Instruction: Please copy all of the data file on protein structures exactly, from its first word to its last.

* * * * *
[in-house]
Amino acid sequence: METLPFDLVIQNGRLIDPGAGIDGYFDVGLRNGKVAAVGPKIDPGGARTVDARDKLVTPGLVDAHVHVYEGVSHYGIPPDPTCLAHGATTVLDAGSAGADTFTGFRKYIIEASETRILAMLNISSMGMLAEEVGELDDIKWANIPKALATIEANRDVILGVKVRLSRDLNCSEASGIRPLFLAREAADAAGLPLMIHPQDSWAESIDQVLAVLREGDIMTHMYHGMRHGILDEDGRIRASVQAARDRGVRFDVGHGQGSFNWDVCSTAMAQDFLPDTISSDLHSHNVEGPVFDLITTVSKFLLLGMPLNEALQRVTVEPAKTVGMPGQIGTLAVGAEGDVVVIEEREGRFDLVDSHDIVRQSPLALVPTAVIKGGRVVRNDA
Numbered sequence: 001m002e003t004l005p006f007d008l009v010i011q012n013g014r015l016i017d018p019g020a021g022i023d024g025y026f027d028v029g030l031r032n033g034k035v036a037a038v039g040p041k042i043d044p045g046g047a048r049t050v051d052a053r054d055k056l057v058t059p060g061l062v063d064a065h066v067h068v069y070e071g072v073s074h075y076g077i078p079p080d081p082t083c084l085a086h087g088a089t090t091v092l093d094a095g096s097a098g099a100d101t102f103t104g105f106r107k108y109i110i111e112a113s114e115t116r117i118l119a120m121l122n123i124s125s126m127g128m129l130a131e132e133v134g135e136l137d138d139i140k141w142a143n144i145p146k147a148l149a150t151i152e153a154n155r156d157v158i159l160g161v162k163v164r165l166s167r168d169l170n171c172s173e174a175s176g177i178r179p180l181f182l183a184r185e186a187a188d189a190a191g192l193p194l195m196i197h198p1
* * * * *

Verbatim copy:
[in-house]
Amino acid sequence: METLPFDLVIQNGRLIDPGAGIDGYFDVGLRNGKVAAVGPKIDPGGARTVDARDKLVTPGLVDAHVHVYEGVSHYGIPPDPTCLAHGATTVLDAGSAGADTFTGFRKYIIEASETRILAMLNISSMGMLAEEVGELDDIKWANIPKALATIEANRDVILGVKVRLSRDLNCSEASGIRPLFLAREAADAAGLPLMIHPQDSWAESIDQVLAVLREGDIMTHMYHGMRHGILDEDGRIRASVQAARDRGVRFDVGHGQGSFNWDVCSTAMAQDFLPDTISSDLHSHNVEGPVFDLITTVSKFLLLGMPLNEALQRVTVEPAKTVGMPGQIGTLAVGAEGDVVVIEEREGRFDLVDSHDIVRQSPLALVPTAVIKGGRVVRNDA
Numbered sequence: 001m002e003t004l005p006f007d008l009v010i011q012n013g014r015l016i017d018p019g020a021g022i023d024g025y026f027d028v029g030l031r032n033g034k035v036a037a038v039g040p041k042i043d044p045g046g047a048r049t050v051d052a053r054d055k056l057v058t059p060g061l062v063d064a065h066v067h068v069y070e071g072v073s074h075y076g077i078p079p080d081p082t083c084l085a086h087g088a089t090t091v092l093d094a095g096s097a098g099a100d101t102f103t104g105f106r107k108y109i110i111e112a113s114e115t116r117i118l119a120m121l122n123i124s125s126m127g128m129l130a131e132e133v134g135e136l137d138d139i140k141w142a143n144i145p146k147a148l149a150t151i152e153a154n155r156d157v158i159l160g161v162k163v164r165l166s167r168d169l170n171c172s173e174a175s176g177i178r179p180l181f182l183a184r185e186a187a188d189a190a191g192l193p194l195m196i197h198p1